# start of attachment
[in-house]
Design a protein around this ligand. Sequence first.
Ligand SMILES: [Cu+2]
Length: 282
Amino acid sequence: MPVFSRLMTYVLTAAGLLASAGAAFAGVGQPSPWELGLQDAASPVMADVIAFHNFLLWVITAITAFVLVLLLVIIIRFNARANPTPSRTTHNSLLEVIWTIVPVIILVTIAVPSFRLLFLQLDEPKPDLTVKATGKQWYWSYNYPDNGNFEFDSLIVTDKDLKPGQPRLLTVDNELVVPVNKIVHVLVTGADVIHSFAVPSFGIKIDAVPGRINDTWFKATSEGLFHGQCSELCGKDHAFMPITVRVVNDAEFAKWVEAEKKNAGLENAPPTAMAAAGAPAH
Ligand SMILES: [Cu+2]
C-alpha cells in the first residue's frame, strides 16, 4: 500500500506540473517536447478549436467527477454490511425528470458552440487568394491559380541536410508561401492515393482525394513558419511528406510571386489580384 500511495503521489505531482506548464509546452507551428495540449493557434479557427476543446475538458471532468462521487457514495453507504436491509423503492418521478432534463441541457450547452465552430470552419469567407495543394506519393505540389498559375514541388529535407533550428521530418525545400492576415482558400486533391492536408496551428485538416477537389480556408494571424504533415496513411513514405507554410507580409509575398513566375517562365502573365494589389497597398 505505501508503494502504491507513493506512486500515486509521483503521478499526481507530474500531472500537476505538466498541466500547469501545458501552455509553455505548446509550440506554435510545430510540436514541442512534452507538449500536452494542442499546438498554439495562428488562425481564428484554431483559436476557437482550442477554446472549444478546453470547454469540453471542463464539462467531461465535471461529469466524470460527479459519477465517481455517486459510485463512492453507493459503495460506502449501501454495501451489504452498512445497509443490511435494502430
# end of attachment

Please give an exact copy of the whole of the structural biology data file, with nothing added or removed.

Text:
[in-house]
Design a protein around this ligand. Sequence first.
Ligand SMILES: [Cu+2]
Length: 282
Amino acid sequence: MPVFSRLMTYVLTAAGLLASAGAAFAGVGQPSPWELGLQDAASPVMADVIAFHNFLLWVITAITAFVLVLLLVIIIRFNARANPTPSRTTHNSLLEVIWTIVPVIILVTIAVPSFRLLFLQLDEPKPDLTVKATGKQWYWSYNYPDNGNFEFDSLIVTDKDLKPGQPRLLTVDNELVVPVNKIVHVLVTGADVIHSFAVPSFGIKIDAVPGRINDTWFKATSEGLFHGQCSELCGKDHAFMPITVRVVNDAEFAKWVEAEKKNAGLENAPPTAMAAAGAPAH
Ligand SMILES: [Cu+2]
C-alpha cells in the first residue's frame, strides 16, 4: 500500500506540473517536447478549436467527477454490511425528470458552440487568394491559380541536410508561401492515393482525394513558419511528406510571386489580384 500511495503521489505531482506548464509546452507551428495540449493557434479557427476543446475538458471532468462521487457514495453507504436491509423503492418521478432534463441541457450547452465552430470552419469567407495543394506519393505540389498559375514541388529535407533550428521530418525545400492576415482558400486533391492536408496551428485538416477537389480556408494571424504533415496513411513514405507554410507580409509575398513566375517562365502573365494589389497597398 505505501508503494502504491507513493506512486500515486509521483503521478499526481507530474500531472500537476505538466498541466500547469501545458501552455509553455505548446509550440506554435510545430510540436514541442512534452507538449500536452494542442499546438498554439495562428488562425481564428484554431483559436476557437482550442477554446472549444478546453470547454469540453471542463464539462467531461465535471461529469466524470460527479459519477465517481455517486459510485463512492453507493459503495460506502449501501454495501451489504452498512445497509443490511435494502430